“If new thought can enter the mind, even for a moment, then change has a chance,” writes JT Liss. His photographs search for those figures and visions that allow us to see new ways and think new thoughts.
Ilon Gallery’s show Harlem: Life in Pictures on view in a classic 1890s brownstone, demonstrates how historic images of figures that have become iconic can acquire new resonance when displayed along fresh takes on a neighborhood that has been a cradle of creativity for well over 100 years. [Read more…] about Harlem: Life in Pictures
New Book Highlights Waldorf Astoria Photographs
In a new pictorial history from author William Alan Morrison, Images of America: Waldorf Astoria (Arcadia Publishing, 2014), honors the world-renown grand hotel.
Vintage images take readers on a journey through the magnificent history of the hotel and the many glamorous guests that it housed. The Waldorf Astoria has been host to emperors, rajahs, potentates and plutocrats — not to mention every US president since Grover Cleveland — its name has become synonymous with the epitome of glamour, luxury and sophistication. [Read more…] about New Book Highlights Waldorf Astoria Photographs
Harlem Blues: Last Party At The Lenox Lounge
On New Year’s Eve the cigar smoke was thick on the sidewalk in front of the famed jazz club, the Lenox Lounge. Men in tuxes and women in clingy gowns stepped out of white stretch limos, three deep on Malcolm X Avenue, a.k.a Lenox Avenue in Harlem, as blue notes popped from the chromed doorway.
A huge bejeweled crowd could be glimpsed dancing and drinking through the wide octogon window. [Read more…] about Harlem Blues: Last Party At The Lenox Lounge
Treasure Trove of Vinyl Heads to Syracuse
The New York Times is reporting that some quarter-of-a-million 78 records (one of the worlds largest collections of 78s) from the New York City vintage gramophone record shop Records Revisited will be headed to Syracuse University’s Belfer Audio Laboratory and Archive:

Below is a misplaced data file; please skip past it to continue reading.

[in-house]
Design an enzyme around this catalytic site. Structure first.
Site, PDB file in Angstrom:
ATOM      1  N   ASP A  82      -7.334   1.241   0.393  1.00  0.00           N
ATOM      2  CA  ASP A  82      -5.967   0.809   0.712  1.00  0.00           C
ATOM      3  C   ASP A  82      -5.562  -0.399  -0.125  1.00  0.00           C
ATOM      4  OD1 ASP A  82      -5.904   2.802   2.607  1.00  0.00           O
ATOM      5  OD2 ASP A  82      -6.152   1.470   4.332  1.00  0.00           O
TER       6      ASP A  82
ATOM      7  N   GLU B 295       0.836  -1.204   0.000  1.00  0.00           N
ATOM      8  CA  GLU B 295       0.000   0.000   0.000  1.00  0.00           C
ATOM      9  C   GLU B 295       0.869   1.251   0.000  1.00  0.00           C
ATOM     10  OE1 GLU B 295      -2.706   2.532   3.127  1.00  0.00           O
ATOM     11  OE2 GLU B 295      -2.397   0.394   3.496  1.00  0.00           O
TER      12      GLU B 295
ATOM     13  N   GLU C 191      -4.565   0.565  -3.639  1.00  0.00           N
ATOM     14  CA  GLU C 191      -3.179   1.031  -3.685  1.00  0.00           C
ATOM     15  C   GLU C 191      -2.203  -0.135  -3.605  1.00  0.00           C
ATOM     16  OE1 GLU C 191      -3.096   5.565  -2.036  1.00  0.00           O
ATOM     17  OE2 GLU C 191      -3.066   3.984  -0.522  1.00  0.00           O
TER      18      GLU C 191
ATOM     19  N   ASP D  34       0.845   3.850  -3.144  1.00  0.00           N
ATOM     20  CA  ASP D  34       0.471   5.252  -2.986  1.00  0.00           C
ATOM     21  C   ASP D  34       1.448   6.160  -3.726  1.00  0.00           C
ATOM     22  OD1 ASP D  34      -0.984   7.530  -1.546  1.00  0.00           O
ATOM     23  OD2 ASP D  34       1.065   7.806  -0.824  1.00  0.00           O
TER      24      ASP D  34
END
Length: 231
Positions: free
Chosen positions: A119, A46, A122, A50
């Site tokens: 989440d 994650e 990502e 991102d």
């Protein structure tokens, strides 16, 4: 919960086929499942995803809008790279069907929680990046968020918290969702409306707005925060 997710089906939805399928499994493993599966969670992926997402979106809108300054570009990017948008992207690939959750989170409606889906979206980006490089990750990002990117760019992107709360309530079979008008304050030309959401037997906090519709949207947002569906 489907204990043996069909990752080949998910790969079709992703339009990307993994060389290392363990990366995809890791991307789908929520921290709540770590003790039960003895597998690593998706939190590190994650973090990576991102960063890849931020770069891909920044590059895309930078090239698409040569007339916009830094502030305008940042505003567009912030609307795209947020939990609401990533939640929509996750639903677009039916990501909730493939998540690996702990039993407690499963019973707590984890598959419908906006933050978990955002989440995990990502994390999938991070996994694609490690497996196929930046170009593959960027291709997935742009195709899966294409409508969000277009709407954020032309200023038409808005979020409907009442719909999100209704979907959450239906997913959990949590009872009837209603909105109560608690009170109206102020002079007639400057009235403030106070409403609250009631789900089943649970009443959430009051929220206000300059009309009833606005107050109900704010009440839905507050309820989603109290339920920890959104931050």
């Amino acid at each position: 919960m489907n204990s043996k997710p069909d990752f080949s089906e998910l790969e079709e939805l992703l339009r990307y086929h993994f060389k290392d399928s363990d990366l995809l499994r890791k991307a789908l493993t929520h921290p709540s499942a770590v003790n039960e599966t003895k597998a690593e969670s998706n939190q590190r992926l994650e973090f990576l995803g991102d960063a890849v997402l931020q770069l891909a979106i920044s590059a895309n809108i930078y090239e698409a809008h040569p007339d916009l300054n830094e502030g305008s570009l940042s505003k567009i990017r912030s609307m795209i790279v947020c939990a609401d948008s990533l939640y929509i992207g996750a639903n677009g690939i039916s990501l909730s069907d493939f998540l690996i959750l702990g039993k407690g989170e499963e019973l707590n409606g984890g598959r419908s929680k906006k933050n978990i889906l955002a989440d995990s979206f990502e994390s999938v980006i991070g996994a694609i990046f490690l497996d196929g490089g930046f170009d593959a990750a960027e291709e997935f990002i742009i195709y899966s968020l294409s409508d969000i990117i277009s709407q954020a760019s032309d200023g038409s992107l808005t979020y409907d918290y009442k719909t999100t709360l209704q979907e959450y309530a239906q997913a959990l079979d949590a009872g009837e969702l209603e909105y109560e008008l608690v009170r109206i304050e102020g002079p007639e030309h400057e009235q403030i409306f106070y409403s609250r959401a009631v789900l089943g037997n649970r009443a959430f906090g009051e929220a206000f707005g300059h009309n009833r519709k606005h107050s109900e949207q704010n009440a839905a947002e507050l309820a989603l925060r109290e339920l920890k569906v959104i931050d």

Records Revisited was packed floor-to-ceiling with discs of a vintage and variety that drew a steady stream of record buffs to 34 West 33rd Street. The shop, more like an archive than a store, held approximately 60 tons of swing, big band jazz and other styles on vinyl, forming one of the largest collections of 78s in the world.
The shop has been closed since Mr. Savada’s death in February. Last Thursday, his son, Elias Savada, was poring over a cardboard box, one of 1,300 being filled with records and put on waiting trucks. The collection will be sent to Syracuse University’s Belfer Audio Laboratory and Archive, which will now have the second-largest collection of 78s in the United States, after the Library of Congress, university officials said…
The Syracuse University archivists couldn’t be more pleased with the obscure records arriving in numbered boxes. Not only is there a huge swing collection, but also recordings of country, blues, gospel, polka, folk and Broadway tunes. Suzanne Thorin, the university’s dean of libraries, said the truckloads of Mr. Savada’s records — at least, the tiny percentage sampled so far — has revealed fascinating auditory treasures, including Carl Sandburg reading his own poetry while accompanying himself on the guitar, and Hazel Scott, the pianist and singer. There are also many rare recordings preserved only on V-Disc records produced for American military personnel overseas in the 1940s.